- Have you received a blood transfusion prior to
- Have you ever used intravenous drugs or
- Do you have a tattoo or have you had body
- Have you ever shared a razor, toothbrush, or
nail file with anyone?
- Have you ever had unprotected sex with multiple
If you answer yes to any of these questions, you
may be at risk for hepatitis C, a blood-borne virus
that infects the liver and can cause serious,
long-term chronic liver disease and death.
According to Ann Jesse, The Hep C Connection,
Denver, Colorado, an estimated 20,000 to 40,000
Coloradans are already infected with hepatitis C.
"Thousands more may have the disease and be
unaware of it because 75 percent of people infected
with hepatitis C don't have any symptoms," said
Jesse, who was without symptoms when she was
diagnosed during a routine medical checkup in 1994.
As is the case with more than 300,000 other
Americans, Jesse suspects her infection was from a
blood transfusion that she received prior to 1990.
Since 1990, a blood test that detects antibodies to
the hepatitis C virus has reduced the risk of being
infected with hepatitis C via blood transfusion to
less than 1 percent.
"Hepatitis C is a very complex disease and
can impact individual patients differently,"
explained Dr. Gregory Everson, University of
Colorado Health Sciences Center. "About 15
percent of patients will clear the virus from their
systems and remain disease free. The remaining 85
percent go on to develop long-term or chronic
infection with hepatitis C, which can lead to
serious liver disease, cirrhosis (scarring of the
liver), liver cancer, and death."
Hepatitis C was identified in 1989. ln the United
States, it is estimated that only 350,000 of the 4
million people infected with hepatitis C have been
diagnosed and reported to the U.S. Center for
Disease Control and Prevention (CDC).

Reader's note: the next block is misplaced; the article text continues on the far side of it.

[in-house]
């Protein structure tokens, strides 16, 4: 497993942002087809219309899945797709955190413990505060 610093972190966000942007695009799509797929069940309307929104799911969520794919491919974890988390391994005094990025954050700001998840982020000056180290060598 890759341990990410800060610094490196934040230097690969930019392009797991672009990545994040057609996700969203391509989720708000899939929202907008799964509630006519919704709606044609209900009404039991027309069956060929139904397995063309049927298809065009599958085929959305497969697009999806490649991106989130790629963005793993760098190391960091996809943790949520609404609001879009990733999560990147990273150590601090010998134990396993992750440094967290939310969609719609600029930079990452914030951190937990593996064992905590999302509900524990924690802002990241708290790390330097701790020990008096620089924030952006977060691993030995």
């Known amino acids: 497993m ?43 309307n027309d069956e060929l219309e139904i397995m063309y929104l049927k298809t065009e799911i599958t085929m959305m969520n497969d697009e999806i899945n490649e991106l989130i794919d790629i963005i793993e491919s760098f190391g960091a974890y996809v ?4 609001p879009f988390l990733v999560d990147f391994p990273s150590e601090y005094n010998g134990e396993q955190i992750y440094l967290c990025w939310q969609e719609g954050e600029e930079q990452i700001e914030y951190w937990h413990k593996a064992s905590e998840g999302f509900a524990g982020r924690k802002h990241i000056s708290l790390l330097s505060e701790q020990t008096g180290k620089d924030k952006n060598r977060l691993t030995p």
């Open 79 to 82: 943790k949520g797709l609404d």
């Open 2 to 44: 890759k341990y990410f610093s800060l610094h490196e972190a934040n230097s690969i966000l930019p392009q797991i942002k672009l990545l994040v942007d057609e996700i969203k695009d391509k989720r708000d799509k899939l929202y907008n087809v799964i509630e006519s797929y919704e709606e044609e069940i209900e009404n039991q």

Long delays -- sometimes decades -- in the
appearance of symptoms and diagnosis of the disease
has resulted in hepatitis C becoming the leading
cause of liver transplantation in the United States;
it is also the cause of 8,000 deaths in this country
each year. This number is expected to triple in the
next 10 to 20 years, surpassing the estimated number
of deaths due to AIDS.
Because the disease can silently destroy the
liver for many years before symptoms occur, Everson
has recommended a blood test for anyone who suspects
they may have been exposed to hepatitis C.
Unfortunately, there is no vaccine to prevent
hepatitis C, and more research is needed to develop
one. All people with the disease should seek medical
care, which may include alpha intefferon treatments
for eligible patients with chronic hepatitis C. In
addition, changes in diet and lifestyle - especially
the avoidance of alcohol - can significantly reduce
the possibility and severity of liver damage for
those who are already infected.
To lessen the possibility of infection, it is
advisable to use condoms and avoid all contact with
other people's blood. Avoid sharing razors,
toothbrushes, and nail files with anyone, and make
certain that the supplies and equipment used for
body piercing and tattooing have been properly
Occupations at risk for exposure to blood
infected with hepatitis C include healthcare
workers, emergency service workers, fire fighters,
police officers, paramedics, clinical lab workers,
science lab workers, tattooists, beauticians,
manicurists, and barbers.
The Hep C Connection provides individuals with
hepatitis C and their families with up-to-date
medical information, sessions focusing on daily
living issues, support groups for open sharing of
personal experiences, and a monthly newsletter. The
organization also collaborates with major hospitals,
universities, pharmaceutical companies, government
lobbyists, and public health departments to promote
research, legislation, public education, and better
diagnosis and treatment of the disease.
For more information, contact The Hep C
Connection at 303-393-9395 or 1-800-522-HEPC, or the
Rocky Mountain Chapter of the American Liver
Foundation at 1-888-OKLIVER.
Informative Worldwide Briefs ... Sandra W. Key,
News Editor, with Daniel J. DeNoon & Salynn